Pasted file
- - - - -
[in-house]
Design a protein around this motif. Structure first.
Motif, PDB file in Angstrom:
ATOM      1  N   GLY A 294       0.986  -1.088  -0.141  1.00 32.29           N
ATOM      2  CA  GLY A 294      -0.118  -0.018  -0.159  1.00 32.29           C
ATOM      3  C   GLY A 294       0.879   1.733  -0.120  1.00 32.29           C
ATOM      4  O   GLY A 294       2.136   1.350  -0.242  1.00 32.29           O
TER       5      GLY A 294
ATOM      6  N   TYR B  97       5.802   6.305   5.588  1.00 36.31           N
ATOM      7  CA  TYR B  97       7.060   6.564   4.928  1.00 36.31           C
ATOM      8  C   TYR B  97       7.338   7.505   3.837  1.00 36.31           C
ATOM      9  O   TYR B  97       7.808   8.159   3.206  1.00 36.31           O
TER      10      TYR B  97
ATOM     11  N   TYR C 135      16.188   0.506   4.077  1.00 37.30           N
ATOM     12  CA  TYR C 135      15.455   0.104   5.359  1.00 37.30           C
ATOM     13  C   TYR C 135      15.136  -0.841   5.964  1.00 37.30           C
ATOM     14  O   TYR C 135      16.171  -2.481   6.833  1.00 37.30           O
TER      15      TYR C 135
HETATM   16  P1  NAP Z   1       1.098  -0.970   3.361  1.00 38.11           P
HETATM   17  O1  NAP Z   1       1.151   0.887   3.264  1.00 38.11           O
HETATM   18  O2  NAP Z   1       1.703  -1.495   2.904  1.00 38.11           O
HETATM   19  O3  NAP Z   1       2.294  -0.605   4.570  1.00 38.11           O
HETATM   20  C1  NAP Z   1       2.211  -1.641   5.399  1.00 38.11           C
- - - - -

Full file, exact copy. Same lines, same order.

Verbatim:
[in-house]
Design a protein around this motif. Structure first.
Motif, PDB file in Angstrom:
ATOM      1  N   GLY A 294       0.986  -1.088  -0.141  1.00 32.29           N
ATOM      2  CA  GLY A 294      -0.118  -0.018  -0.159  1.00 32.29           C
ATOM      3  C   GLY A 294       0.879   1.733  -0.120  1.00 32.29           C
ATOM      4  O   GLY A 294       2.136   1.350  -0.242  1.00 32.29           O
TER       5      GLY A 294
ATOM      6  N   TYR B  97       5.802   6.305   5.588  1.00 36.31           N
ATOM      7  CA  TYR B  97       7.060   6.564   4.928  1.00 36.31           C
ATOM      8  C   TYR B  97       7.338   7.505   3.837  1.00 36.31           C
ATOM      9  O   TYR B  97       7.808   8.159   3.206  1.00 36.31           O
TER      10      TYR B  97
ATOM     11  N   TYR C 135      16.188   0.506   4.077  1.00 37.30           N
ATOM     12  CA  TYR C 135      15.455   0.104   5.359  1.00 37.30           C
ATOM     13  C   TYR C 135      15.136  -0.841   5.964  1.00 37.30           C
ATOM     14  O   TYR C 135      16.171  -2.481   6.833  1.00 37.30           O
TER      15      TYR C 135
HETATM   16  P1  NAP Z   1       1.098  -0.970   3.361  1.00 38.11           P
HETATM   17  O1  NAP Z   1       1.151   0.887   3.264  1.00 38.11           O
HETATM   18  O2  NAP Z   1       1.703  -1.495   2.904  1.00 38.11           O
HETATM   19  O3  NAP Z   1       2.294  -0.605   4.570  1.00 38.11           O
HETATM   20  C1  NAP Z   1       2.211  -1.641   5.399  1.00 38.11           C